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American Beauty

I Photos courtesy of The Museum at the Fashion Institute of Technology, New York

By

Allison

f you haven’t visited American Beauty: Aesthetics and Innovation in Fashion, an exhibition being held at the Museum at FIT, it should be added to your agenda. The event is an enchanting display of America’s finest works of fashion. Masterfully selected and arranged by the Deputy Director of the museum, Patricia Mears, the pieces – 75 in total – illustrate America’s contributions to the world of fashion; they show a juxtaposition of old and new, classic and innovative. France and Italy are the countries that come to mind when thinking of pioneers in fashion, but this exhibition displays America’s own tremendous contributions. “If there were a single word to describe American fashion, it would be ‘functional’,” states an introductory plaque. American fashion undoubtedly found its roots with Europe (that is, more specifically France). Nevertheless, in their designs, Pauline Trigére and James Galanos displayed a fundamental element of American fashion – “ready-to-wear garments that fuse quality with accessibility” – which would help pave the way for a style all its own: the American style. This mix of “quality with accessibility” is seen with the “hybrid garment.” America took London’s masculine tradition of tailoring and melded it with the feminine, haute couture tradition of dressmaking, resulting in one its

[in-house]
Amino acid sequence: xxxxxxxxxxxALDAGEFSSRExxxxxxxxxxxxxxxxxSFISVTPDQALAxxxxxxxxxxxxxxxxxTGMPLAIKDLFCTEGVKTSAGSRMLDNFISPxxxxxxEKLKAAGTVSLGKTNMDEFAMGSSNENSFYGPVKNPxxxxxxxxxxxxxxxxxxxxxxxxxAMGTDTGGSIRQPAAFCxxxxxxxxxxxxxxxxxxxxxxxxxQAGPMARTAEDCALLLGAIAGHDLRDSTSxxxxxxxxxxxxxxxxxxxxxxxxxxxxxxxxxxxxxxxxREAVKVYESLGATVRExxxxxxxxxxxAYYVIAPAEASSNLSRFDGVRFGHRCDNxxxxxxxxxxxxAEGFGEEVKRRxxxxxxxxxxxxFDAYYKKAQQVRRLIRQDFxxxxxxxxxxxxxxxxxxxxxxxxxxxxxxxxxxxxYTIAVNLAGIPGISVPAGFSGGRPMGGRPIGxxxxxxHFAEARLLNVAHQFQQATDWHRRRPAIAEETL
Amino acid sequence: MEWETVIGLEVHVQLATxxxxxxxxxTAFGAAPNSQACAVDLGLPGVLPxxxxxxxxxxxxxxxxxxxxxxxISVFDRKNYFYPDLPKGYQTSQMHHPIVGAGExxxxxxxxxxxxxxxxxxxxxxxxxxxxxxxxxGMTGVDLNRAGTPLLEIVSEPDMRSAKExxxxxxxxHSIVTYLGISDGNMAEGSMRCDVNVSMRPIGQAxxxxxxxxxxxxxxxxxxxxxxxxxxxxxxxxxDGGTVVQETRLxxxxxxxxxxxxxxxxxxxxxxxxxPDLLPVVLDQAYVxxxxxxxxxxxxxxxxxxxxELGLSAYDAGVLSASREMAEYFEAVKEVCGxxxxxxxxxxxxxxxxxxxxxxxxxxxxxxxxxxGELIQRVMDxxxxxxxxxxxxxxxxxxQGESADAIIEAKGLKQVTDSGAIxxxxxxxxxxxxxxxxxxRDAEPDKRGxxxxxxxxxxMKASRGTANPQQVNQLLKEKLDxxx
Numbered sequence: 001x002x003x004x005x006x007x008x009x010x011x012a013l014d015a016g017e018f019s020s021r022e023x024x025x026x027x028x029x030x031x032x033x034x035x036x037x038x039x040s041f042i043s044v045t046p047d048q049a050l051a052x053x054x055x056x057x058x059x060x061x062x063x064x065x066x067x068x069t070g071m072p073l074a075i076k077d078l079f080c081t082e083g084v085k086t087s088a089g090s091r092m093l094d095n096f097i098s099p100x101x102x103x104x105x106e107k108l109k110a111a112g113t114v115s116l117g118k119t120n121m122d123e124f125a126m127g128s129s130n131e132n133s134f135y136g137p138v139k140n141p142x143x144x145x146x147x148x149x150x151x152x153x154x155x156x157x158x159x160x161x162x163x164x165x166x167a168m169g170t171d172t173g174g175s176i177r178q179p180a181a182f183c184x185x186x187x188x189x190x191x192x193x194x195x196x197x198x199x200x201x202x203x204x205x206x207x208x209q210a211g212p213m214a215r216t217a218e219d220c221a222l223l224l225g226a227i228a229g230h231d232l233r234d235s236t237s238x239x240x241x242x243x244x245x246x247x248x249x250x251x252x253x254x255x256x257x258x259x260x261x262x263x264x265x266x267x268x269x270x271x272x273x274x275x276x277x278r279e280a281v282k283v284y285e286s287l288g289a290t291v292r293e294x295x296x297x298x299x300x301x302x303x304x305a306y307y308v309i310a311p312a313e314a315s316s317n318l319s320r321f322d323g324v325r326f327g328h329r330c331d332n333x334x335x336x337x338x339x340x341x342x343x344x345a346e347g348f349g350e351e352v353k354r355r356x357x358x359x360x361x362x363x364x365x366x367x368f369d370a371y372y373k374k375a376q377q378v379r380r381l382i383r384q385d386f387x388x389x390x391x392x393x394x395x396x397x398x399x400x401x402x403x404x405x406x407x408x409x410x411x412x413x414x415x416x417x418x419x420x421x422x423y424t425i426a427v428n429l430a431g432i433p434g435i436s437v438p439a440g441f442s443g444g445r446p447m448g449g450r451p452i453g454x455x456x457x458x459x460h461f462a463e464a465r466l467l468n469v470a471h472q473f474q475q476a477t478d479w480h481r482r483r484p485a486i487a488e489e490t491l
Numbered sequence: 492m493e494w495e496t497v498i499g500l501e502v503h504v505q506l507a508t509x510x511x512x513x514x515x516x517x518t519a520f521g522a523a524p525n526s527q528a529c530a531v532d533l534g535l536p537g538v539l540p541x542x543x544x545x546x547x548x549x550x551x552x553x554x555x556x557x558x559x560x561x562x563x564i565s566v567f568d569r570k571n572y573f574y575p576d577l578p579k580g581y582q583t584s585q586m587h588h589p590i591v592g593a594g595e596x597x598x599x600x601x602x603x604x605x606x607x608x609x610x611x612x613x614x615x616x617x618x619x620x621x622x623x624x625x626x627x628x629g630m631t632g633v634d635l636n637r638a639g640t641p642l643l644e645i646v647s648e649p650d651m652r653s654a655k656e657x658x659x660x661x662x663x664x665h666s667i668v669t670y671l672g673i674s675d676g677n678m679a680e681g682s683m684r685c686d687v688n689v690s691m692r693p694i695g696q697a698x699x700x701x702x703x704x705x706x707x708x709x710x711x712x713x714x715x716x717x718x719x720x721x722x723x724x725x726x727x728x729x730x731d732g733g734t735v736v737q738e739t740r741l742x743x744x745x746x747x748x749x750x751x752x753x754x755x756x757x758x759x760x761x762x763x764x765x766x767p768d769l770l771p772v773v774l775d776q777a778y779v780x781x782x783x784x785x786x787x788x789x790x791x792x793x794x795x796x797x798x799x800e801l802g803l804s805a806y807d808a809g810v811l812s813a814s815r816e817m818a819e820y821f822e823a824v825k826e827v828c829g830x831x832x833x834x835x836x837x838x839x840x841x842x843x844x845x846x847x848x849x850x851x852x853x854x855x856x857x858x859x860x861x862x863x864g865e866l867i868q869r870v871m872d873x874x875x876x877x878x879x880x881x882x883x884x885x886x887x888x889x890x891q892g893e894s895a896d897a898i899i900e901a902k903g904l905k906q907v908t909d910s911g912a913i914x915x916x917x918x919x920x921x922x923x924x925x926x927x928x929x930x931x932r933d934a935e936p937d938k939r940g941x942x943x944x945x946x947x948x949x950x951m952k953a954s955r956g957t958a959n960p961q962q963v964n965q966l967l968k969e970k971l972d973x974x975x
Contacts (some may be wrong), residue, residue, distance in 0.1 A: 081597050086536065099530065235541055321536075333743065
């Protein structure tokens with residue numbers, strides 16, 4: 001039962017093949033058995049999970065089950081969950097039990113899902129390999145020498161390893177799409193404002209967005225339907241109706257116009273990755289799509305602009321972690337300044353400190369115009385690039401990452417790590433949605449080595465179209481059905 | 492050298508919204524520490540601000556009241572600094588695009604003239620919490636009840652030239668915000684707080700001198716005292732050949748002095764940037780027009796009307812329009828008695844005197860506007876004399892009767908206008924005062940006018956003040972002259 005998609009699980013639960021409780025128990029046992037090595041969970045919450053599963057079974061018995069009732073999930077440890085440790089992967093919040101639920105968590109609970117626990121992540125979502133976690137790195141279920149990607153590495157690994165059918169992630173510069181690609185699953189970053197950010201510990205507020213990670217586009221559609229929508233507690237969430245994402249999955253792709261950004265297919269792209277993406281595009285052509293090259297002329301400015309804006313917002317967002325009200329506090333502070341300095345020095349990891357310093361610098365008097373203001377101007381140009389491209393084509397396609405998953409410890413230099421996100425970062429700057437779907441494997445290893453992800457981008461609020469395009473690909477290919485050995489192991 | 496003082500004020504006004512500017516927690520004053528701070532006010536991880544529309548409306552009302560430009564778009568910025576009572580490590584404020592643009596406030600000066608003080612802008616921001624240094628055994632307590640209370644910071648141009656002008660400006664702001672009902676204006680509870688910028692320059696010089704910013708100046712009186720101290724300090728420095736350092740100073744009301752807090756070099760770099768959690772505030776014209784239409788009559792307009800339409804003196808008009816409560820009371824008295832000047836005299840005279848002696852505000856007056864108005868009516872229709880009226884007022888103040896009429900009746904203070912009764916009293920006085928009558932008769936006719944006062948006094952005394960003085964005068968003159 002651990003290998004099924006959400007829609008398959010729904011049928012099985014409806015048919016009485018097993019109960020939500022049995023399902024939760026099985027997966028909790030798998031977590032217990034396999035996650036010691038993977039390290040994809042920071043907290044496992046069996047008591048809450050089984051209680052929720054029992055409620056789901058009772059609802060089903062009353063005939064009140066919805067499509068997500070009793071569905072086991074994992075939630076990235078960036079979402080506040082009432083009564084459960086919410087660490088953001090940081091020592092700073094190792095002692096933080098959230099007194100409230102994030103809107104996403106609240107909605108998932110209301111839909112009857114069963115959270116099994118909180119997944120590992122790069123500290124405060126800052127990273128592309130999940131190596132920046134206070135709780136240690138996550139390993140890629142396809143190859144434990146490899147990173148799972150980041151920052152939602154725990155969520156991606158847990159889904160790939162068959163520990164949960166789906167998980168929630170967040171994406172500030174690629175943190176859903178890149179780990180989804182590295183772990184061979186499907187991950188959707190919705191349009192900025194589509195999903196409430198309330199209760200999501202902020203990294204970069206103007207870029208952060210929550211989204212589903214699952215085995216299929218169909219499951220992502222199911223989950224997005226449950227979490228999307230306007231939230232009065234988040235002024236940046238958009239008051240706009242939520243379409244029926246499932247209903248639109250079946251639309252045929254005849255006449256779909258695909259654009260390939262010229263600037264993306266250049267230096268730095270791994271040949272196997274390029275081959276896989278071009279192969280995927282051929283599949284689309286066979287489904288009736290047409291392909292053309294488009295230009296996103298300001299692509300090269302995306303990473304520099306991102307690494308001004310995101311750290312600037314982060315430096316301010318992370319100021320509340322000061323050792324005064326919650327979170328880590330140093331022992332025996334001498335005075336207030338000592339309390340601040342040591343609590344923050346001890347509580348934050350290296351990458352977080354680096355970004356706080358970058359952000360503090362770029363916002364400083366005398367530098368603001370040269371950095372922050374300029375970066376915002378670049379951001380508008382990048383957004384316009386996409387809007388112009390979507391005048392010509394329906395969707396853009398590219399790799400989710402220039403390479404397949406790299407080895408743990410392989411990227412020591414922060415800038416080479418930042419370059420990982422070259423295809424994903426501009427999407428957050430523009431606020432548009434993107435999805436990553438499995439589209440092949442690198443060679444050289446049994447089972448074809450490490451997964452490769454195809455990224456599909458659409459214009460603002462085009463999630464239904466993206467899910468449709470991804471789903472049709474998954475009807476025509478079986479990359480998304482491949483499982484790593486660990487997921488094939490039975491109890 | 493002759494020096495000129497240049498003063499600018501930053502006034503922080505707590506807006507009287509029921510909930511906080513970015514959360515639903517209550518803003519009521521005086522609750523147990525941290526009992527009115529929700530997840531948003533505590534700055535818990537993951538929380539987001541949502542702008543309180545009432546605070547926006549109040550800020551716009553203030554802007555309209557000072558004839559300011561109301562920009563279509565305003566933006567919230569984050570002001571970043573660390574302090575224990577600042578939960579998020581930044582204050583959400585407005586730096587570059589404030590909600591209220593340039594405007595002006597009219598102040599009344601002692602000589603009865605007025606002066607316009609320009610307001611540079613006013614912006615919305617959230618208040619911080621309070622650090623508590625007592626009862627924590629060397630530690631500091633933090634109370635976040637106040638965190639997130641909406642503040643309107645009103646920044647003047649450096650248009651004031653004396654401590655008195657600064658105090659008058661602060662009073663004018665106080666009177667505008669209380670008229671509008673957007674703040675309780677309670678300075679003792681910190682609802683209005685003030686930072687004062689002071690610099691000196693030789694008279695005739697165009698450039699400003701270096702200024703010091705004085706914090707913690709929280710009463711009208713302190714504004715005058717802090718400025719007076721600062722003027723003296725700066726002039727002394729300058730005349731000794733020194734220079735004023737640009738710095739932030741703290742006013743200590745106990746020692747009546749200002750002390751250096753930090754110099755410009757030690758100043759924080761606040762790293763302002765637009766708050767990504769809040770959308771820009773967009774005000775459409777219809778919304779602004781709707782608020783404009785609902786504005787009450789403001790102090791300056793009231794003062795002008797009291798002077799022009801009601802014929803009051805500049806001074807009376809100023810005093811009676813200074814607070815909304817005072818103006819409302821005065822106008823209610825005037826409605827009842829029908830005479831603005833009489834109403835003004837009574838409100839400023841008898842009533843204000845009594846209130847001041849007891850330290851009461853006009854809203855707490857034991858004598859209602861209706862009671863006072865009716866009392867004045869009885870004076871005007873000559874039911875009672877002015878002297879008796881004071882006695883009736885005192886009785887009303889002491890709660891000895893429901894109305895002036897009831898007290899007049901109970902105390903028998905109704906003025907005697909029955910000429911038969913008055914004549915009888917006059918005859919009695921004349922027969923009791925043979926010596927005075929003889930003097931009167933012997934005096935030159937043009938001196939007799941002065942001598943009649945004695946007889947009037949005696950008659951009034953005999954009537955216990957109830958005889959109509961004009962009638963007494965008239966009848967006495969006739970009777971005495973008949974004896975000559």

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greatest contributions to the fashion world. The exhibition’s area for mitering, an innovative technique used by American designers to blend dressmaking and tailoring, particularly stood out due to its striking, geometric prints. Other sections not to be missed are the Geometries section – which displayed works by Maria Cornejo and Halston – and the Embellishment section, which illustrated the daringly avant-garde designs of Rodarte. Touring through the exhibition, certain looks such as the shimmering grey satin gown by Ralph Rucci, the boldly patterned cloqué dress and coat by Pauline Trigére, and the American Beauty Rose Dress – which coincidentally bears the same name as the exhibition – by Halston, are immediate eye-catchers. Also on display are pieces by one of the world’s best known tailors, Thom Browne, and film noir-esque women’s dress suits from the 1940s, designed by Gilbert Adrian. If the stunning visual display and accompanying informational plaques aren’t enough to satisfy your fashion palate, a video will be playing in the entrance room. The video – shot in black and white – presents comments by Patricia Mears and several of the featured 25 American designers being displayed in the exhibition, giving a miniature tour of the place. The video can be found on www.yoox.com/FIT. 3


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